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Toxic hazard of leachates from furfurylated wood: Comparison between two different aquatic organisms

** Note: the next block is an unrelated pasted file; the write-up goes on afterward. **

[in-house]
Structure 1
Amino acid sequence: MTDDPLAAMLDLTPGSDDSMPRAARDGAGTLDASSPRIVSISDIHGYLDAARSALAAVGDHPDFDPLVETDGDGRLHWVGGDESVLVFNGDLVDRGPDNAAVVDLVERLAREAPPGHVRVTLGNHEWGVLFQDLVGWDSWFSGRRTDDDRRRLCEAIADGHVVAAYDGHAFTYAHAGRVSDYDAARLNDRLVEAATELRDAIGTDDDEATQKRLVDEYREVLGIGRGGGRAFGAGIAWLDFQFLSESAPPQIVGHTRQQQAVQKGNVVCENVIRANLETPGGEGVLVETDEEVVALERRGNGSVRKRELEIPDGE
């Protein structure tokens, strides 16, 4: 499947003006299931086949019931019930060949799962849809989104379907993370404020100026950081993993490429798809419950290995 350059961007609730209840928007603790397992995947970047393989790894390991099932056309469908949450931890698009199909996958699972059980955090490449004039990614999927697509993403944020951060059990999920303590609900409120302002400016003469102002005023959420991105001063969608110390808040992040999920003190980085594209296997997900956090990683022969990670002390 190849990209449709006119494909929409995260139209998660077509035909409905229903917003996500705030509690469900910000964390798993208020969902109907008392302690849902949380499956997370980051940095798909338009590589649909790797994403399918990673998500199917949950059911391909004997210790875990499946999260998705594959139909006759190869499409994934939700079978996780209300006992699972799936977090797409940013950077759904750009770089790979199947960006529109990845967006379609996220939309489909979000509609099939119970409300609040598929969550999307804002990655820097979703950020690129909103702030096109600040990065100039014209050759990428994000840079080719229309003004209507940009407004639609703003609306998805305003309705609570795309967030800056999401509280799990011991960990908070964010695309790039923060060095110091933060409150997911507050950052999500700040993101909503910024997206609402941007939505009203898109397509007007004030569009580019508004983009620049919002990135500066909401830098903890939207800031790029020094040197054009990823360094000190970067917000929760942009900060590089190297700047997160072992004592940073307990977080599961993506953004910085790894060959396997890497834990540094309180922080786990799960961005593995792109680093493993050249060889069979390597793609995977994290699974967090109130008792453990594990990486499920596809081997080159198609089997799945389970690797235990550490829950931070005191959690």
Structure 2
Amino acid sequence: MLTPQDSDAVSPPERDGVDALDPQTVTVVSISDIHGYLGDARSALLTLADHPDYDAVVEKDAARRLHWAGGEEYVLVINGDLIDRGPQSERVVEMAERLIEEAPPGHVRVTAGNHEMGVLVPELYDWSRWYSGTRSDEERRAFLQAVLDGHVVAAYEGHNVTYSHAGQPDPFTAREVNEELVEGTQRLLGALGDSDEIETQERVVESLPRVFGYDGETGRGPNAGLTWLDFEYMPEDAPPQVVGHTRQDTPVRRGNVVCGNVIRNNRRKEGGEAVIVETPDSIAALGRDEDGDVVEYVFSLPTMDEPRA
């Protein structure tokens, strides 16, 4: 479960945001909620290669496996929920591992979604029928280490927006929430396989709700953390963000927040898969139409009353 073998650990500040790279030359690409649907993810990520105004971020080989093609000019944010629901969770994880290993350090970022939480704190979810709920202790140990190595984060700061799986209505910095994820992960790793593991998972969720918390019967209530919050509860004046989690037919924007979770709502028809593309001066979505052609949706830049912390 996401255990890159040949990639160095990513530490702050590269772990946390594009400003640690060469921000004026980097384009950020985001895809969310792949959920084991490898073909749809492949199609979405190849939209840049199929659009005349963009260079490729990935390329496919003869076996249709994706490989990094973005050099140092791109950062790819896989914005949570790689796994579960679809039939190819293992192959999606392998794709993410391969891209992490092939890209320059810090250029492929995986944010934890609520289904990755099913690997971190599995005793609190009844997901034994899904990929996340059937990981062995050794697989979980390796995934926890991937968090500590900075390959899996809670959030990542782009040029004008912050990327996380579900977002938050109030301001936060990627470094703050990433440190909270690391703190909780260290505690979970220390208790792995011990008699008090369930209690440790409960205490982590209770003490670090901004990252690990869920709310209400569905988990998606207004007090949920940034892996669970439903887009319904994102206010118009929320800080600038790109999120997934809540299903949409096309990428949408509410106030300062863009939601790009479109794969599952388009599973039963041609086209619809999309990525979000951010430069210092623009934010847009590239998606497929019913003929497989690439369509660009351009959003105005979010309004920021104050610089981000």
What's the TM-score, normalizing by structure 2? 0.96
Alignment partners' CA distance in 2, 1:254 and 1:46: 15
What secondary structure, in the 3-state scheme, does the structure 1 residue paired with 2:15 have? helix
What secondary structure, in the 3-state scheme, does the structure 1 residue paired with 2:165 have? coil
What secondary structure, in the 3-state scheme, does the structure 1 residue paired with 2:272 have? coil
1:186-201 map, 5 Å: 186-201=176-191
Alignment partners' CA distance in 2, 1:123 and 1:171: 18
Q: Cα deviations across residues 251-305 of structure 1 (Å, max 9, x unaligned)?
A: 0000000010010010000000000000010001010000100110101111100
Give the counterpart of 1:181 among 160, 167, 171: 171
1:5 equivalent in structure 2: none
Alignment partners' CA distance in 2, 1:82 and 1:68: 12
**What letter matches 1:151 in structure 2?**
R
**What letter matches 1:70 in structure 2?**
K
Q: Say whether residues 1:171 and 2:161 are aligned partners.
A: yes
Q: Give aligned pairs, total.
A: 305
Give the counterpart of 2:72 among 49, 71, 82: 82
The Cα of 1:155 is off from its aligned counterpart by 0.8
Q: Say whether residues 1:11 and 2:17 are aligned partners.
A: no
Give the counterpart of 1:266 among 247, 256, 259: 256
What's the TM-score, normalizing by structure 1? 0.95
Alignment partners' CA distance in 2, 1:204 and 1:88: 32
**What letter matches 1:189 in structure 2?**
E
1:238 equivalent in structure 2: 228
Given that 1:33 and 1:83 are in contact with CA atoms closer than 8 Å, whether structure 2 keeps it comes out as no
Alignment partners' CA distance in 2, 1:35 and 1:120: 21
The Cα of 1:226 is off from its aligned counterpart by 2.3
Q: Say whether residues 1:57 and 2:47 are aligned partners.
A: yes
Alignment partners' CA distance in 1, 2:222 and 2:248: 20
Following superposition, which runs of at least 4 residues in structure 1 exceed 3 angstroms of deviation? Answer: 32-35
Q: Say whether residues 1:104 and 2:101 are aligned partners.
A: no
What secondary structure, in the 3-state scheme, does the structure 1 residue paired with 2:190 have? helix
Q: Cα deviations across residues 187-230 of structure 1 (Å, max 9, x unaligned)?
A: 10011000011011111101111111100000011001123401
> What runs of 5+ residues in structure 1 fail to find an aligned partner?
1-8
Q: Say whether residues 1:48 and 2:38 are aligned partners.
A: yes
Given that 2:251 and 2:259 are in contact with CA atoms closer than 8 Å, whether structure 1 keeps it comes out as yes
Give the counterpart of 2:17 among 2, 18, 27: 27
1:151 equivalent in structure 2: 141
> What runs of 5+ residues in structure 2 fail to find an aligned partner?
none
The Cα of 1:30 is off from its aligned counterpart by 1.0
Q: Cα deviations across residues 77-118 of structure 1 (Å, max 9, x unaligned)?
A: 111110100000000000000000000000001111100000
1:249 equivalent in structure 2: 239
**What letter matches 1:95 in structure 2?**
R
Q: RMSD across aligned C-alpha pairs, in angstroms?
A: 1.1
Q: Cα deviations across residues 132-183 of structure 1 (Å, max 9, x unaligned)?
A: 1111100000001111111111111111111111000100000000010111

Environmental concern regarding the use of toxic preservatives such as chromated copper arsenate (CCA) has been put forward. In the European Union, United States, and Japan, CCA has been phased out for residential and water-contact applications. Ecotoxicological studies of wood treated with conventional preservatives were carried out in the late 1990s, and it was concluded that the main impact is to water and aquatic organisms. Today, alternatives to conventional preservation methods, marketed as “environmentally friendly” or “nontoxic,” are emerging. Examples of such alternatives are modified wood, e.g., thermally modified, furfurylated, and acetylated wood. To date, not enough hazard characterization has been performed. In the present study, the Microtox® assay with the marine bacterium Vibrio fischeri and the Daphtox® procedure with the crustacean Daphnia magna were used as screening methods in an effect assessment. Both organisms were exposed to water leachates from furfurylated wood using two different leaching procedures. The results indicate that Microtox is more sensitive to the toxic components from furfurylated wood than Daphtox. Furthermore, the toxicity of treated Pinus radiata was higher than that of treated Pinus sylvestris. The toxicity did not diminish over the test period, as is the case for preservative-treated wood. The present study found that treatment conditions can influence the toxicity considerably, so toxicity studies should be included in the development of new treatment process. The present study also shows that using an intermediate vacuum-drying step, leading to a more efficient curing/polymerization, results in slightly less hydrophobic oligomers in the product, such that the leachates become less toxic to bacteria. Environ. Toxicol. Chem. 2010;29:1067–1071. © 2010 SETAC

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